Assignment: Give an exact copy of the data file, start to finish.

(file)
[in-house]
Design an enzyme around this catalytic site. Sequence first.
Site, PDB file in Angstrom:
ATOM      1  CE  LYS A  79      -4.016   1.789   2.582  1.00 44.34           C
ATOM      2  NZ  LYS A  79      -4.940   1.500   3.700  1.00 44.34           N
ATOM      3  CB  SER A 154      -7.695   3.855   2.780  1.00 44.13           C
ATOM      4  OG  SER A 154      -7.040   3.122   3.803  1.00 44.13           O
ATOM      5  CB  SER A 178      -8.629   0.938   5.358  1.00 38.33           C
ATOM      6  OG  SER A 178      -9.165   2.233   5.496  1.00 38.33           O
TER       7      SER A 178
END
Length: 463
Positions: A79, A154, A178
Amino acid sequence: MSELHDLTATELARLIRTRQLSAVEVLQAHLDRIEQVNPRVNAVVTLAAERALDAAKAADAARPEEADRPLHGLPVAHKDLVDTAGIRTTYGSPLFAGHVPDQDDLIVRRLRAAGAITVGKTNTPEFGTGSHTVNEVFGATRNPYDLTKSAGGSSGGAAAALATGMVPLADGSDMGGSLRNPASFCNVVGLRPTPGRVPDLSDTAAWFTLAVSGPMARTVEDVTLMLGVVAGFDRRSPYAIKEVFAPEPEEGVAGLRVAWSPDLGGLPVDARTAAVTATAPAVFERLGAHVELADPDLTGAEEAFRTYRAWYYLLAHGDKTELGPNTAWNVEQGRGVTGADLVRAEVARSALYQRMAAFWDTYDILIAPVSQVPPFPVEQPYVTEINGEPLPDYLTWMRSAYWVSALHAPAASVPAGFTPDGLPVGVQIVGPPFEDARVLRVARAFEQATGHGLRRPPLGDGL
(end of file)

[in-house]
Design an enzyme around this catalytic site. Sequence first.
Site, PDB file in Angstrom:
ATOM      1  CE  LYS A  79      -4.016   1.789   2.582  1.00 44.34           C
ATOM      2  NZ  LYS A  79      -4.940   1.500   3.700  1.00 44.34           N
ATOM      3  CB  SER A 154      -7.695   3.855   2.780  1.00 44.13           C
ATOM      4  OG  SER A 154      -7.040   3.122   3.803  1.00 44.13           O
ATOM      5  CB  SER A 178      -8.629   0.938   5.358  1.00 38.33           C
ATOM      6  OG  SER A 178      -9.165   2.233   5.496  1.00 38.33           O
TER       7      SER A 178
END
Length: 463
Positions: A79, A154, A178
Amino acid sequence: MSELHDLTATELARLIRTRQLSAVEVLQAHLDRIEQVNPRVNAVVTLAAERALDAAKAADAARPEEADRPLHGLPVAHKDLVDTAGIRTTYGSPLFAGHVPDQDDLIVRRLRAAGAITVGKTNTPEFGTGSHTVNEVFGATRNPYDLTKSAGGSSGGAAAALATGMVPLADGSDMGGSLRNPASFCNVVGLRPTPGRVPDLSDTAAWFTLAVSGPMARTVEDVTLMLGVVAGFDRRSPYAIKEVFAPEPEEGVAGLRVAWSPDLGGLPVDARTAAVTATAPAVFERLGAHVELADPDLTGAEEAFRTYRAWYYLLAHGDKTELGPNTAWNVEQGRGVTGADLVRAEVARSALYQRMAAFWDTYDILIAPVSQVPPFPVEQPYVTEINGEPLPDYLTWMRSAYWVSALHAPAASVPAGFTPDGLPVGVQIVGPPFEDARVLRVARAFEQATGHGLRRPPLGDGL